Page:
In every meditation practice, I ask the 4 soul questions I was taught in primordial sound meditation at the Chopra Center. We covered the first three question in previous articles.
The fourth question is What Am I Grateful For?
At first, one might think finding gratitude is a simple task. For me however, it was quite challenging when I started my meditation practice more than two years ago. Every time I came to the fourth soul question, “what am I grateful for?” my mind would take me to all the negative experiences in my life. Then one morning, the thought occurred to me: I just had a tooth extraction and I no longer had a nagging toothache. My reaction was one of gratitude that the pain was gone. That one thought gave me a process which I now use to practice gratitude. I think about past surgeries, horrible cancer treatments that I endured, severe back pain, and other physical ailments that no longer affect me. That process allows me to feel very grateful.
Practicing gratitude is incredibly valuable in many ways. Robert Emmons is regarded as the world’s leading scientific expert on gratitude with his book, Thanks! How the new science of gratitude can make you happier. He studied more than 1,000 people that practiced gratitude for three weeks. They reported a host of physical benefits such as stronger immune systems, less aches and pains, lower blood pressure, increased desire to exercise, and improved sleep. They also experienced psychological benefits such as higher levels of positive emotions, more alertness, more joy and pleasure, more optimism, and happiness. It seems that gratitude pauses our built-in negative bias. Another study in 2008 by psychologist Alex Wood in the Journal of Research and Personality, demonstrated that showing gratitude can reduce the frequency and duration of episodes of depression.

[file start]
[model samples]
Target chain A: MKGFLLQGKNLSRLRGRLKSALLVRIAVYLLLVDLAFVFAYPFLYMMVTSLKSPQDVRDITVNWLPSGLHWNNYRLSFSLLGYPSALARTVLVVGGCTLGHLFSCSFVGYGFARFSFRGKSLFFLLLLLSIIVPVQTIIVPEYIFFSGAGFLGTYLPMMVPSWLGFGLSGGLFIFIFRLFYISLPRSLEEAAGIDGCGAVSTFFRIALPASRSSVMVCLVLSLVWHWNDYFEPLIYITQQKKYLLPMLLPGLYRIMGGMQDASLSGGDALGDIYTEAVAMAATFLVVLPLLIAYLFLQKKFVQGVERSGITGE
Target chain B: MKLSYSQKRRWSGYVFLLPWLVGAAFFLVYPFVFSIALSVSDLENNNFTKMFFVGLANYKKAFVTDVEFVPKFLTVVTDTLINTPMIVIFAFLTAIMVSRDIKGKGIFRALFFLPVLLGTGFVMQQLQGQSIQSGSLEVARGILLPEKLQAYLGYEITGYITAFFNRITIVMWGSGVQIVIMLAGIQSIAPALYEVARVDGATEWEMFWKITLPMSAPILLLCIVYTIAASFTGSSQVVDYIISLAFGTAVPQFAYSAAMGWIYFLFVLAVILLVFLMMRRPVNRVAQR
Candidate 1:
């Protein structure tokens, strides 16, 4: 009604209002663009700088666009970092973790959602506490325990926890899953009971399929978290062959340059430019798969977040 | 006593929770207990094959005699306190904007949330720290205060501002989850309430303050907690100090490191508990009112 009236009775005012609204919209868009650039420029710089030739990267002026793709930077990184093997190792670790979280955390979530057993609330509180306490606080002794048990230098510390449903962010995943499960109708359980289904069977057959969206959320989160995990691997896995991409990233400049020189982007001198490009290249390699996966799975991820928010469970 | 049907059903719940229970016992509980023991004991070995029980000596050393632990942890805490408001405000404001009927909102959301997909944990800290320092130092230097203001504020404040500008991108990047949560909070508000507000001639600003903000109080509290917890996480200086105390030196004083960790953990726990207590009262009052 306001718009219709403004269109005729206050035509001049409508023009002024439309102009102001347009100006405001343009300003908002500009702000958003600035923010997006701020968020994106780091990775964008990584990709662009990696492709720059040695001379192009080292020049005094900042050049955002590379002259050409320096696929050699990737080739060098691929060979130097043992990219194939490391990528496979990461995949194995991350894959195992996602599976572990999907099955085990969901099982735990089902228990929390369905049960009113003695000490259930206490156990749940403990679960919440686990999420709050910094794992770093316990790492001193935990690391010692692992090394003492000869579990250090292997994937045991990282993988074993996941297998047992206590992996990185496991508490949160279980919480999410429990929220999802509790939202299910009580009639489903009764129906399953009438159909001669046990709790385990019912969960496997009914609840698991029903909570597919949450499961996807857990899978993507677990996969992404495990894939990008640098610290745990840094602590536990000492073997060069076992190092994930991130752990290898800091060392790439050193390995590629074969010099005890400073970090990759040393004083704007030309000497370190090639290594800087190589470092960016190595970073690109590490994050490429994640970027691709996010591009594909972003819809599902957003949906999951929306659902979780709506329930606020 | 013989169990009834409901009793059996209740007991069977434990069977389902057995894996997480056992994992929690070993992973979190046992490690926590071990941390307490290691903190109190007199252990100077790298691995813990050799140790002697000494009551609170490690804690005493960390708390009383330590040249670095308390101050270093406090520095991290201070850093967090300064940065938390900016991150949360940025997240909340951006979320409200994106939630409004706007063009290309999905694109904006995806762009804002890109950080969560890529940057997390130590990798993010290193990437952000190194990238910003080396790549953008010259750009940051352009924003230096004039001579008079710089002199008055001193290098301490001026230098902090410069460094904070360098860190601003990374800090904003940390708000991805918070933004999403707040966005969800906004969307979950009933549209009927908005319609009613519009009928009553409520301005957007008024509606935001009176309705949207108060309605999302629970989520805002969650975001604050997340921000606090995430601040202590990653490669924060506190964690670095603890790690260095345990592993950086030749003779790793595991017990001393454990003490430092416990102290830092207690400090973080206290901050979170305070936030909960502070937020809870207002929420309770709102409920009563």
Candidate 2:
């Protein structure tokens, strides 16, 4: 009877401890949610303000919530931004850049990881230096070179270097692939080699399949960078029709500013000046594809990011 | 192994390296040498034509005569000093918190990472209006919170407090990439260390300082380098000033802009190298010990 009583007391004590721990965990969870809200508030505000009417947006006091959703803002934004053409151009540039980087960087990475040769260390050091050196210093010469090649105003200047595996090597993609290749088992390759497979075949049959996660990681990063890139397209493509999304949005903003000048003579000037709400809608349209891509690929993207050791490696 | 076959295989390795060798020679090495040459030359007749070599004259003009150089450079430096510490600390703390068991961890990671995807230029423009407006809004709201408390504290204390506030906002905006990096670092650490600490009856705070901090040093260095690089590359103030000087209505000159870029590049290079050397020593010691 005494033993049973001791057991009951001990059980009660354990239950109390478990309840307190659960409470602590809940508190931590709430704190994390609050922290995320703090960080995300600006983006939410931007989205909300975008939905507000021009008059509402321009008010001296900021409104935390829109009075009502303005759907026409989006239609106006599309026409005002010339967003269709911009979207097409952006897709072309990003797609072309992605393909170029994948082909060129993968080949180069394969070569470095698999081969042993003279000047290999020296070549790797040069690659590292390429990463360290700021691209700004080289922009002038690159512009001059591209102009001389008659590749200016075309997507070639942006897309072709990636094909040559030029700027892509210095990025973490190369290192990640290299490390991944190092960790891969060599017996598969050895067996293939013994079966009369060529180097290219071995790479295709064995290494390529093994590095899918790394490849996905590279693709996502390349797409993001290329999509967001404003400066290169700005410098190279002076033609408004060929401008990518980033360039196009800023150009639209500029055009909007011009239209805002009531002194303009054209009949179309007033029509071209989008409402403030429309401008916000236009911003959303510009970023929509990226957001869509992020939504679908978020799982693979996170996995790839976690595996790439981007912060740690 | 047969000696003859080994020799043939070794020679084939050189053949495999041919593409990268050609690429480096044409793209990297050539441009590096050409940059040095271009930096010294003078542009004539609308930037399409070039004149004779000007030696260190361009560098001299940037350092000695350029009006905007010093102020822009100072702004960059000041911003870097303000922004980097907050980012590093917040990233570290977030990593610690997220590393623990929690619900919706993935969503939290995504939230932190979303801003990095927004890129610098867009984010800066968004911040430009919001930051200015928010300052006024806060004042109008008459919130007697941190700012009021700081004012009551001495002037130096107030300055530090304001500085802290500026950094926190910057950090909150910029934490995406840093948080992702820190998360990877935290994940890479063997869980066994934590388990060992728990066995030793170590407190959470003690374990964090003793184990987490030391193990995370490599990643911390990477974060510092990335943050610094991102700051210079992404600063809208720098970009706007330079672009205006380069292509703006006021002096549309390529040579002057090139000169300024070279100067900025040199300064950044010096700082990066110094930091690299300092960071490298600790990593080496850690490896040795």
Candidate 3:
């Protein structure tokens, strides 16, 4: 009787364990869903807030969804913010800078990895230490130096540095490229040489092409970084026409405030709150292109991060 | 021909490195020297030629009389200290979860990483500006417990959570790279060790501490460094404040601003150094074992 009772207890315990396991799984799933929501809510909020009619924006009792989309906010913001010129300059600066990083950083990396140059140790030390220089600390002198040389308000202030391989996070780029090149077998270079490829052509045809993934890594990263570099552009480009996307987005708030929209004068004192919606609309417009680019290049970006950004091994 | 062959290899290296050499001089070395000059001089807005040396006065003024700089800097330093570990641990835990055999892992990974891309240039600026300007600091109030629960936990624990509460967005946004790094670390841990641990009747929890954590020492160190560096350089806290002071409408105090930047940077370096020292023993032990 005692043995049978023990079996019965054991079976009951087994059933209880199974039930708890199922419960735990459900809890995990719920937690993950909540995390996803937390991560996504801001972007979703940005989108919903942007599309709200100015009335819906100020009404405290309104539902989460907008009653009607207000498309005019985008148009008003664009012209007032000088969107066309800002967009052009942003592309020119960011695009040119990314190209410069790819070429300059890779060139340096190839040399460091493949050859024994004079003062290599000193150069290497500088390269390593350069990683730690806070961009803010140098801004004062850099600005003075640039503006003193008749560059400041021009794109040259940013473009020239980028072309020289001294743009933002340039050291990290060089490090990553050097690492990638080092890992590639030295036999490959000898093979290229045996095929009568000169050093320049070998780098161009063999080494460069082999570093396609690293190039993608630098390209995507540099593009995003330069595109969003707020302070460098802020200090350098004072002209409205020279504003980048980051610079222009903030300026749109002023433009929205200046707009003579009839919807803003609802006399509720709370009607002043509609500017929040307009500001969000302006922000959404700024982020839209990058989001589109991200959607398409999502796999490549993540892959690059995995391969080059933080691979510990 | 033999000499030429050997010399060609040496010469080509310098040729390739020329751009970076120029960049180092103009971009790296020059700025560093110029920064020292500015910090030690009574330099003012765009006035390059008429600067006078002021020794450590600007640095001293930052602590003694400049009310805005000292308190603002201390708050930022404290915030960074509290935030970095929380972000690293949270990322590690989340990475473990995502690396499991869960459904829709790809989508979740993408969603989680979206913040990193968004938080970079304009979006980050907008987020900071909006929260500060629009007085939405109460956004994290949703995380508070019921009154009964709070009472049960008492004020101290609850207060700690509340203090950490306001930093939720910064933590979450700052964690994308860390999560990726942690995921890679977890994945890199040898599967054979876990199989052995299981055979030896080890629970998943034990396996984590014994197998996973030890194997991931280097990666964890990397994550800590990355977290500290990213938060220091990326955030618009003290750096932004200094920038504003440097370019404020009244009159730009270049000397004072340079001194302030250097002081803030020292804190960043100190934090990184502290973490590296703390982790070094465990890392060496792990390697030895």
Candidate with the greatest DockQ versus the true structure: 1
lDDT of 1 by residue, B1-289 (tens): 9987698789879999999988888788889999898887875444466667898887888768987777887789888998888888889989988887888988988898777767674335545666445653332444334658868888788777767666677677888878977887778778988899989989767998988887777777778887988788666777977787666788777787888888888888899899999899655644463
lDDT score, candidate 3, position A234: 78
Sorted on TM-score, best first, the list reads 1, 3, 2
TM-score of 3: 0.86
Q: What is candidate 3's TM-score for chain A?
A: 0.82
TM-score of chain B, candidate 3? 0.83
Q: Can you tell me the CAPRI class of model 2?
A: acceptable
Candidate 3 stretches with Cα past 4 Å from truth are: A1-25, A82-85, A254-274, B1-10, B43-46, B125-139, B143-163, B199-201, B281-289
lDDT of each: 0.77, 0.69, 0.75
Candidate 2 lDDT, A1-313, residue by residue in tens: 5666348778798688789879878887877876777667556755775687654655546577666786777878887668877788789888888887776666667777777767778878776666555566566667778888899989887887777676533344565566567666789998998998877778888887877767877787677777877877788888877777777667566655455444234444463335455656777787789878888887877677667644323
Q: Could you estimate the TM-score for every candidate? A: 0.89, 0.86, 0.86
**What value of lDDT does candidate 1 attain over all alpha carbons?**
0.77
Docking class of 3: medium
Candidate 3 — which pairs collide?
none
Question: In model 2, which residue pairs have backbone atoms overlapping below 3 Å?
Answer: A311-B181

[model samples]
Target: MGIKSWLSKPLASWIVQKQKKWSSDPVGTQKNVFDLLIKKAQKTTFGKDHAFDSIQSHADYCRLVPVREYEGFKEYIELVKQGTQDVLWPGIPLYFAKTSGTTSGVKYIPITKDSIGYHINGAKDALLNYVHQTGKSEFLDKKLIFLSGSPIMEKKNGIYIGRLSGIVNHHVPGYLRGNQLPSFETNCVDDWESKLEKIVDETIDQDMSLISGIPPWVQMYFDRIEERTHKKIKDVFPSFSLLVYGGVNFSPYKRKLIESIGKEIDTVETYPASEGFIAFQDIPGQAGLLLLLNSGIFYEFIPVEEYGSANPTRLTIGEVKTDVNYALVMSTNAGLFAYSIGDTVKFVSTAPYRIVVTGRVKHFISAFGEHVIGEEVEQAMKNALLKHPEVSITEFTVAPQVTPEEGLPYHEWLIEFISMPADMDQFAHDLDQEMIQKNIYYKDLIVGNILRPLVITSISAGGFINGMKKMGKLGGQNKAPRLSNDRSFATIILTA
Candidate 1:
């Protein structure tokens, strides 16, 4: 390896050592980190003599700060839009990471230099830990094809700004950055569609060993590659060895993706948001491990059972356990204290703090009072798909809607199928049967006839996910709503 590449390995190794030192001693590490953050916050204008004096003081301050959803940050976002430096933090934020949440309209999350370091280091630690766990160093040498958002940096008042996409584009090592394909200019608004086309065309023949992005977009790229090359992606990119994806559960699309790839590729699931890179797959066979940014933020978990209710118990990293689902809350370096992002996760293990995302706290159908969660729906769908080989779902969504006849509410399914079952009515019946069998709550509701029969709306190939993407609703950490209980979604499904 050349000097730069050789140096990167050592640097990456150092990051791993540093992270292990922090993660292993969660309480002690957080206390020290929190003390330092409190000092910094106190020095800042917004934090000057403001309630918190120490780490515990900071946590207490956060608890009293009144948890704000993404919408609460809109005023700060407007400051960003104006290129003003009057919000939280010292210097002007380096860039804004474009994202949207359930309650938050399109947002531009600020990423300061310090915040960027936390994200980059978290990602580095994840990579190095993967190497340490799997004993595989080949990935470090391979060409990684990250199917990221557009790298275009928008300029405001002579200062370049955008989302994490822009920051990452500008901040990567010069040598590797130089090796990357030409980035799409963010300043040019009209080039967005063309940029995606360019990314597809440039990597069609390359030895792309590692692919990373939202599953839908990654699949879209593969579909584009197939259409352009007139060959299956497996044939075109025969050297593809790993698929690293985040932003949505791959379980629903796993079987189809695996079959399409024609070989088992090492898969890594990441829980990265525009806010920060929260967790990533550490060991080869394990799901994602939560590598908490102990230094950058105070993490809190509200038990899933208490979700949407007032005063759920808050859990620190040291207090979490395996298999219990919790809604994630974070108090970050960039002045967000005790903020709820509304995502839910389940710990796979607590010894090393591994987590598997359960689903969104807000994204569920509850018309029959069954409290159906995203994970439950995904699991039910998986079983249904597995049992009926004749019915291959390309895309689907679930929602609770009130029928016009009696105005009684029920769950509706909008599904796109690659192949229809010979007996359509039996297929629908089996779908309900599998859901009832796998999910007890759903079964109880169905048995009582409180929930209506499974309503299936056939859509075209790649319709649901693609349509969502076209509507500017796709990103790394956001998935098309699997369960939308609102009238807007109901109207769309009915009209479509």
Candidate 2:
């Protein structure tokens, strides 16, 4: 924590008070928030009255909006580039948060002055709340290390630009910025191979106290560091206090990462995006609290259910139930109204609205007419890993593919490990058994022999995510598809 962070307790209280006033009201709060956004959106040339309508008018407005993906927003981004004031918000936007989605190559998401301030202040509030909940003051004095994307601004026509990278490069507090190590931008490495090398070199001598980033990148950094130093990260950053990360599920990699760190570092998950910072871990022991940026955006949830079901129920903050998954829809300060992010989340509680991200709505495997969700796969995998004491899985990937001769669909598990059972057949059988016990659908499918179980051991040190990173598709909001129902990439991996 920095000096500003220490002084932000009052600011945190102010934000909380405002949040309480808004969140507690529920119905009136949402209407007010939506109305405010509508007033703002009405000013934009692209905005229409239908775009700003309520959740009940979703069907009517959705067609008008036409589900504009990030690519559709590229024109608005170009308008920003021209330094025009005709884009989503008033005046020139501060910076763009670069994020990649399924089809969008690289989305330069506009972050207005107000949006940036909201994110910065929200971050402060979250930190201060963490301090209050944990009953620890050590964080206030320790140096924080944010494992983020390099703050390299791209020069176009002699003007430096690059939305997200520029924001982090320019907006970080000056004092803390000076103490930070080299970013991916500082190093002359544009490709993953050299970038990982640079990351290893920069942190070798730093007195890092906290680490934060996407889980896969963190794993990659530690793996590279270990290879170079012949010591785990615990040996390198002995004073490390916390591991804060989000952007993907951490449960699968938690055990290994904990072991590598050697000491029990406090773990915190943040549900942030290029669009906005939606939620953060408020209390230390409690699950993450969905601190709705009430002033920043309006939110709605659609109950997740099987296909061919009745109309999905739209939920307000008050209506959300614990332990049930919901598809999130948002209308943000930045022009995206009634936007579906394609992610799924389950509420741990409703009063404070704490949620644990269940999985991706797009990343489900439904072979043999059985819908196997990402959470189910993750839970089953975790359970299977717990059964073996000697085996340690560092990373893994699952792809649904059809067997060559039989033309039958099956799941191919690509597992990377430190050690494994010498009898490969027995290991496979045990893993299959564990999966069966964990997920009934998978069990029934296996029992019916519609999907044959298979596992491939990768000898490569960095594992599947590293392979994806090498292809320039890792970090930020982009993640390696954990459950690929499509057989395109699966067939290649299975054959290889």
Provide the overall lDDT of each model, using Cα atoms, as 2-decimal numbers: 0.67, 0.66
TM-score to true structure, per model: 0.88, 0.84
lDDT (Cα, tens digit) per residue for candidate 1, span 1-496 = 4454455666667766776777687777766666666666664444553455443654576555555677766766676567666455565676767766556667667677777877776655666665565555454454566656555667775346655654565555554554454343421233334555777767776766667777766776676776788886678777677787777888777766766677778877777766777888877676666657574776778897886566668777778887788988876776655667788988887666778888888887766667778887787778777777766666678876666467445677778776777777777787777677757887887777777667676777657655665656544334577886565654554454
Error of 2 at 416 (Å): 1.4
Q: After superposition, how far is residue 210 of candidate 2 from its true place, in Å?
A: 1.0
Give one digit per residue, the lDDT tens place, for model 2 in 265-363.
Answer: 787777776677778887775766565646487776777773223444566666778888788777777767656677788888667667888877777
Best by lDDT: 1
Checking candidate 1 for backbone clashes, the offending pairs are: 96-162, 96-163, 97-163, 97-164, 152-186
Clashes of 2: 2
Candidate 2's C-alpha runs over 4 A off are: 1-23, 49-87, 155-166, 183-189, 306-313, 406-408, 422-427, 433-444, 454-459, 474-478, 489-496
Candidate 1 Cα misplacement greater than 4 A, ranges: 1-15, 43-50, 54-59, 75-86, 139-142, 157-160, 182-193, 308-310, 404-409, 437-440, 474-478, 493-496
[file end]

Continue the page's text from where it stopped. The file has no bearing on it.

I am finding that I am grateful for the relationships in my life, both past and present. I am grateful for the support of my family, friends, past business mentors, and the wonderful community I live in.
Another way of discovering gratitude is remembering opportunities that have been given to us, whether we think we deserve them or not. We can be grateful for the skills that we possess and the knowledge we have discovered. Our practice can include gratitude for the world around us: the trees, plants, flowers, wildlife, changing seasons, or even the sight of your dog greeting at the door. Having an opportunity to help someone in need, putting a smile on someone’s face, or sharing a kind word or complement will all help us feel gratitude in knowing that we made a difference in someone’s life.
A great way to practice gratitude is to try journaling. Every day, jot down a couple of things you are grateful for. When you find yourself in a negative mood, open the journal and remember all you have to be grateful for. According to Robert Emmons, journaling is an excellent way to becoming a truly grateful person. He believes this practice works because it consciously focuses our attention on developing more grateful thinking and helps eliminate ungrateful thoughts.
Now in my daily meditation practice, when I come to the fourth sole question “what am I grateful for?” I must be mindful of the time because my list is so long.
Lifelong entrepreneur and resident of the 1000 islands. Started his meditation practice in 2018.
15.What am I Grateful For?